The Croydon man, Marcus Campbell, in a coma in hospital will not be resuscitated if his condition deteriorates, his family have agreed with doctors in the High Court yesterday.
The man’s family and doctors from Croydon University Hospital reached the agreement after two independent experts gave evidence to the hearing.
The 22-year-old father of two, who has a rare brainstem inflammation and is in a coma, will be treated by the hospital whilst his condition remains the same.
The Trust also agreed to look into moving Campbell to another hospital after the family expressed their dissatisfaction with Croydon University Hospital.
Mr Justice Newton spoke of the agreement between the two families: “It seems to be that this is the right approach. I cannot engender trust that is not there, but I hope this is a new start.”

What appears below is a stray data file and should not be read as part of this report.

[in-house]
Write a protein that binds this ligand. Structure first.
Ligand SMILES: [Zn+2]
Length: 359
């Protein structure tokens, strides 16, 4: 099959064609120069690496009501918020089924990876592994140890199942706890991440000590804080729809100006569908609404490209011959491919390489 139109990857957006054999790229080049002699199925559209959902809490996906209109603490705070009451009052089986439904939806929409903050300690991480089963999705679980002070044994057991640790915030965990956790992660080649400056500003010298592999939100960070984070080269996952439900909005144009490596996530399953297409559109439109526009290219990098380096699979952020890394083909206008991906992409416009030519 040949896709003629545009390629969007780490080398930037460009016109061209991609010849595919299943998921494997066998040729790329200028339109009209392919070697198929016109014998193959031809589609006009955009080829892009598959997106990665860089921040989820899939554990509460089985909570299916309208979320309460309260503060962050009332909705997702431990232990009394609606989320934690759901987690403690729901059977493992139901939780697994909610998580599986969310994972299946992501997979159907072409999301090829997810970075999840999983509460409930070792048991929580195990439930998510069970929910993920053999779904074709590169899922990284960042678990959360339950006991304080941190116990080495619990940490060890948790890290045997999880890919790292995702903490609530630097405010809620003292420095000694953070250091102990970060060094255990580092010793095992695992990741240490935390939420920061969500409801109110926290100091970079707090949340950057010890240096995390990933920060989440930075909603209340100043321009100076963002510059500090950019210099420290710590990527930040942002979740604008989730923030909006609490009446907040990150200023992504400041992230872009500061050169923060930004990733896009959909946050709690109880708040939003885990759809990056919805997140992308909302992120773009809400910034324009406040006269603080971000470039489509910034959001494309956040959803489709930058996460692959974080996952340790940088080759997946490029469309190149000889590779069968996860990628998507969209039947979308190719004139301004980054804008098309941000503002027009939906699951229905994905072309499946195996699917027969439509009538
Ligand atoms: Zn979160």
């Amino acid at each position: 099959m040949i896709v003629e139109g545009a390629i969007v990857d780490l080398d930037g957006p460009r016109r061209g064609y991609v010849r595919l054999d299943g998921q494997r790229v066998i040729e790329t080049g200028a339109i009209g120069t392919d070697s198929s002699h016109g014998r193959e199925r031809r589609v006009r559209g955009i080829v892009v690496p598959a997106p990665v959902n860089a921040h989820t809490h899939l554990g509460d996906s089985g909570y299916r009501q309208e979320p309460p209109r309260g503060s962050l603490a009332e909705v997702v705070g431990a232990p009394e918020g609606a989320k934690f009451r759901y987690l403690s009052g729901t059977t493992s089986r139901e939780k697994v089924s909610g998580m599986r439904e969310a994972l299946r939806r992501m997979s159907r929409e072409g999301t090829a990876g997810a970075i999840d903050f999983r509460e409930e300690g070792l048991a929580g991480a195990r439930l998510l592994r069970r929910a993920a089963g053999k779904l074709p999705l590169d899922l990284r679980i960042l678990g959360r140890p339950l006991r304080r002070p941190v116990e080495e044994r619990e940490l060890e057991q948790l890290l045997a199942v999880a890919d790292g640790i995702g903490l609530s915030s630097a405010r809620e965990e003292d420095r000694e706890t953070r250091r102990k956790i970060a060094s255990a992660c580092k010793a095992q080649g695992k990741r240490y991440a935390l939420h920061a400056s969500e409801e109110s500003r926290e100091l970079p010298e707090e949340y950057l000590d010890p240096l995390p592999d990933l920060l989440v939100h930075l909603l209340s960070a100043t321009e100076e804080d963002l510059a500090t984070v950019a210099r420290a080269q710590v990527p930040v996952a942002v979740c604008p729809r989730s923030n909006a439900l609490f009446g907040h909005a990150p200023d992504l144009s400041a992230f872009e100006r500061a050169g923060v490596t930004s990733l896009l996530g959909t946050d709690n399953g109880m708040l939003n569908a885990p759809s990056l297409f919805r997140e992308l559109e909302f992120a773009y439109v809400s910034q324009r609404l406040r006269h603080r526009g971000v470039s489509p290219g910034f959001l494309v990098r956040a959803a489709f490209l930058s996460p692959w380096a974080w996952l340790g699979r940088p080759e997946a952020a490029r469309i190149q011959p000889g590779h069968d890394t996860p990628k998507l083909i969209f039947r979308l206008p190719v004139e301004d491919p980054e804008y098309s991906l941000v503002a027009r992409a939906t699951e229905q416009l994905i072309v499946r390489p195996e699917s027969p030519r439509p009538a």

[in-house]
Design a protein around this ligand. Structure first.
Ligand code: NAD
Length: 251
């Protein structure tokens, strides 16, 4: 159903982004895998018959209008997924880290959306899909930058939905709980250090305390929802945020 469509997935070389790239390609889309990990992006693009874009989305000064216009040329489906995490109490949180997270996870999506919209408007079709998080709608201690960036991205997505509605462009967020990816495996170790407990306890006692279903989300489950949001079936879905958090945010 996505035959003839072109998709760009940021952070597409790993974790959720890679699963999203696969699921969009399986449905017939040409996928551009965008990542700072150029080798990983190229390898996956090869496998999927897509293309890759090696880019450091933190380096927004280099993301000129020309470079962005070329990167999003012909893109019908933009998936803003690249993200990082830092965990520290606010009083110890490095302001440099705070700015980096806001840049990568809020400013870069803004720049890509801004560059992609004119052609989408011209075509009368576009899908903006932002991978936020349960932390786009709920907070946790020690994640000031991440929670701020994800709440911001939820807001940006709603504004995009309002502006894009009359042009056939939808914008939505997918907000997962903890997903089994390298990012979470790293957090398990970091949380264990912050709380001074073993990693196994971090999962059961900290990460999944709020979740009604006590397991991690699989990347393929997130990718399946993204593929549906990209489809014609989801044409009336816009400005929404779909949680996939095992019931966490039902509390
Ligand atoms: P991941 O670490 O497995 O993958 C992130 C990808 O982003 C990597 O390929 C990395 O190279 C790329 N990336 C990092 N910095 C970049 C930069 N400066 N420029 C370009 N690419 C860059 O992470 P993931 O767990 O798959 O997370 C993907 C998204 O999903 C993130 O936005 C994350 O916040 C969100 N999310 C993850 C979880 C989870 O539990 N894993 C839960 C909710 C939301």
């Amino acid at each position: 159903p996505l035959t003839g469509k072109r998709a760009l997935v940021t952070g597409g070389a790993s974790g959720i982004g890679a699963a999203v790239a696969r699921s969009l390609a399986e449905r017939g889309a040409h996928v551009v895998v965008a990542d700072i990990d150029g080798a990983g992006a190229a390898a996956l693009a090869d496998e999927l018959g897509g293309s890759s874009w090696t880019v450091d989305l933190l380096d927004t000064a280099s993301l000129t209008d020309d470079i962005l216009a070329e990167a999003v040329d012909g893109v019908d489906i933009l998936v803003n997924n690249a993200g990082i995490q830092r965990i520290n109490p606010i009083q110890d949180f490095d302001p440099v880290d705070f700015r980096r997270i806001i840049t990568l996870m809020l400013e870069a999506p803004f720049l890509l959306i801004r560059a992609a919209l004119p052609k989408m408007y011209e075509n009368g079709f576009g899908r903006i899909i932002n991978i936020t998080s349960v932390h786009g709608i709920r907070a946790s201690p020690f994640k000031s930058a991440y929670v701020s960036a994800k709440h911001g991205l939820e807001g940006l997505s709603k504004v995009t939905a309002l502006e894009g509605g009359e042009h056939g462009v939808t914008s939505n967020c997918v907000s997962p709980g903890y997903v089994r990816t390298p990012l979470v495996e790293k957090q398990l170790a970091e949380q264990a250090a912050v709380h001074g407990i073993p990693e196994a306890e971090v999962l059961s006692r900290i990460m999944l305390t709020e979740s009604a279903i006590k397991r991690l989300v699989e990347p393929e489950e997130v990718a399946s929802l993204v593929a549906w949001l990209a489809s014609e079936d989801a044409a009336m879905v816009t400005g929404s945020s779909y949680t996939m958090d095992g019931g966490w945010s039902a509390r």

A post on the campaign’s Facebook page written by a representative of the family, said that the hearing addressed the issues of Campbell’s possible resuscitation, treatment of infections and whether he should be moved to another hospital “deemed suitable and appropriate”.
“I am ecstatic to announce that the court ordered in the family’s favour in regards to Marcus being treated and moved”
However, they said: “it was decided that Marcus would not be resuscitated (using CPR) due to the various implications and damage it would cause Marcus.” Two possible implications of CPR for Campbell in his condition would be broken ribs and heart failure.
“We have not yet completely won the fight as we still want Marcus to be moved and we will continue to reassess what care/treatment is in the best interest of Marcus”. They then thanked all their supporters and asked for the campaign to continue.
Campbell’s family initiated the campaign #pleassavemarcus, previously reported on by Eastlondonlines, which first aimed to revoke the hospital’s alleged decision not to resuscitate Campbell should his heart stop beating.
The campaign then focused on trying to move Campbell to a specialist hospital, the National Hospital for Neurology and Neurosurgery in Bloomsbury.
As well having 876 followers on Twitter, the campaign has so far amassed 57,587 signatures on a change.org petition and has fundraised just over £3,000 to assist with legal fees and the move to a different facility.